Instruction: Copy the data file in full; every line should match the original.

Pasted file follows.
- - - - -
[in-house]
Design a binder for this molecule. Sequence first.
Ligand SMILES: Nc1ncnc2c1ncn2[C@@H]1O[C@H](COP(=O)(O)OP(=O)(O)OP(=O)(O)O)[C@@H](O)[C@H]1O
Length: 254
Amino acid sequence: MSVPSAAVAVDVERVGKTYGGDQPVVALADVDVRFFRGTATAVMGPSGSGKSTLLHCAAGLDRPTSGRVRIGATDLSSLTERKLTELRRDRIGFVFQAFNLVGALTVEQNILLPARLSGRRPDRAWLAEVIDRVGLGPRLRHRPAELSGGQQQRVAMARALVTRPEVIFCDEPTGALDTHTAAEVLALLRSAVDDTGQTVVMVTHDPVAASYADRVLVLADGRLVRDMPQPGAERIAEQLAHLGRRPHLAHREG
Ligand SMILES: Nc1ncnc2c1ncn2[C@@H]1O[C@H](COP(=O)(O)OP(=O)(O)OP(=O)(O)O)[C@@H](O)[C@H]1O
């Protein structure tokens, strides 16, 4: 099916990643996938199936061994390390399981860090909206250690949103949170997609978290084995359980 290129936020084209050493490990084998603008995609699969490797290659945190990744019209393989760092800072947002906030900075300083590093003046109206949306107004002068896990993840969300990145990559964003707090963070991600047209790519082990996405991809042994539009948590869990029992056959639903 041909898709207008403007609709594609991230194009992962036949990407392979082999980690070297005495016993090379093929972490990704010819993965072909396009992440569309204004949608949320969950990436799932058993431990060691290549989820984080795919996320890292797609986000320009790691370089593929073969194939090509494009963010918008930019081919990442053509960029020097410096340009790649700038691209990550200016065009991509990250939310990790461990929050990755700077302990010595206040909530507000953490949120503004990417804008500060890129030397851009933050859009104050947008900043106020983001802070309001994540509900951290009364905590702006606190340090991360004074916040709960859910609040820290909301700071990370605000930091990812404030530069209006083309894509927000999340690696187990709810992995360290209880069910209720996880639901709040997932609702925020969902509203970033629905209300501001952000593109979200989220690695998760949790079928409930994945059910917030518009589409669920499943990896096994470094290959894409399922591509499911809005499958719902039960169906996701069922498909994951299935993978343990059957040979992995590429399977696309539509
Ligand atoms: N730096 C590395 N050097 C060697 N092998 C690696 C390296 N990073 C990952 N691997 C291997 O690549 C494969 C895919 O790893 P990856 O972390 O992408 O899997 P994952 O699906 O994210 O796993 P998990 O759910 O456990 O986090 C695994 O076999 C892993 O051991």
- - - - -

[in-house]
Design a binder for this molecule. Sequence first.
Ligand SMILES: Nc1ncnc2c1ncn2[C@@H]1O[C@H](COP(=O)(O)OP(=O)(O)OP(=O)(O)O)[C@@H](O)[C@H]1O
Length: 254
Amino acid sequence: MSVPSAAVAVDVERVGKTYGGDQPVVALADVDVRFFRGTATAVMGPSGSGKSTLLHCAAGLDRPTSGRVRIGATDLSSLTERKLTELRRDRIGFVFQAFNLVGALTVEQNILLPARLSGRRPDRAWLAEVIDRVGLGPRLRHRPAELSGGQQQRVAMARALVTRPEVIFCDEPTGALDTHTAAEVLALLRSAVDDTGQTVVMVTHDPVAASYADRVLVLADGRLVRDMPQPGAERIAEQLAHLGRRPHLAHREG
Ligand SMILES: Nc1ncnc2c1ncn2[C@@H]1O[C@H](COP(=O)(O)OP(=O)(O)OP(=O)(O)O)[C@@H](O)[C@H]1O
């Protein structure tokens, strides 16, 4: 099916990643996938199936061994390390399981860090909206250690949103949170997609978290084995359980 290129936020084209050493490990084998603008995609699969490797290659945190990744019209393989760092800072947002906030900075300083590093003046109206949306107004002068896990993840969300990145990559964003707090963070991600047209790519082990996405991809042994539009948590869990029992056959639903 041909898709207008403007609709594609991230194009992962036949990407392979082999980690070297005495016993090379093929972490990704010819993965072909396009992440569309204004949608949320969950990436799932058993431990060691290549989820984080795919996320890292797609986000320009790691370089593929073969194939090509494009963010918008930019081919990442053509960029020097410096340009790649700038691209990550200016065009991509990250939310990790461990929050990755700077302990010595206040909530507000953490949120503004990417804008500060890129030397851009933050859009104050947008900043106020983001802070309001994540509900951290009364905590702006606190340090991360004074916040709960859910609040820290909301700071990370605000930091990812404030530069209006083309894509927000999340690696187990709810992995360290209880069910209720996880639901709040997932609702925020969902509203970033629905209300501001952000593109979200989220690695998760949790079928409930994945059910917030518009589409669920499943990896096994470094290959894409399922591509499911809005499958719902039960169906996701069922498909994951299935993978343990059957040979992995590429399977696309539509
Ligand atoms: N730096 C590395 N050097 C060697 N092998 C690696 C390296 N990073 C990952 N691997 C291997 O690549 C494969 C895919 O790893 P990856 O972390 O992408 O899997 P994952 O699906 O994210 O796993 P998990 O759910 O456990 O986090 C695994 O076999 C892993 O051991």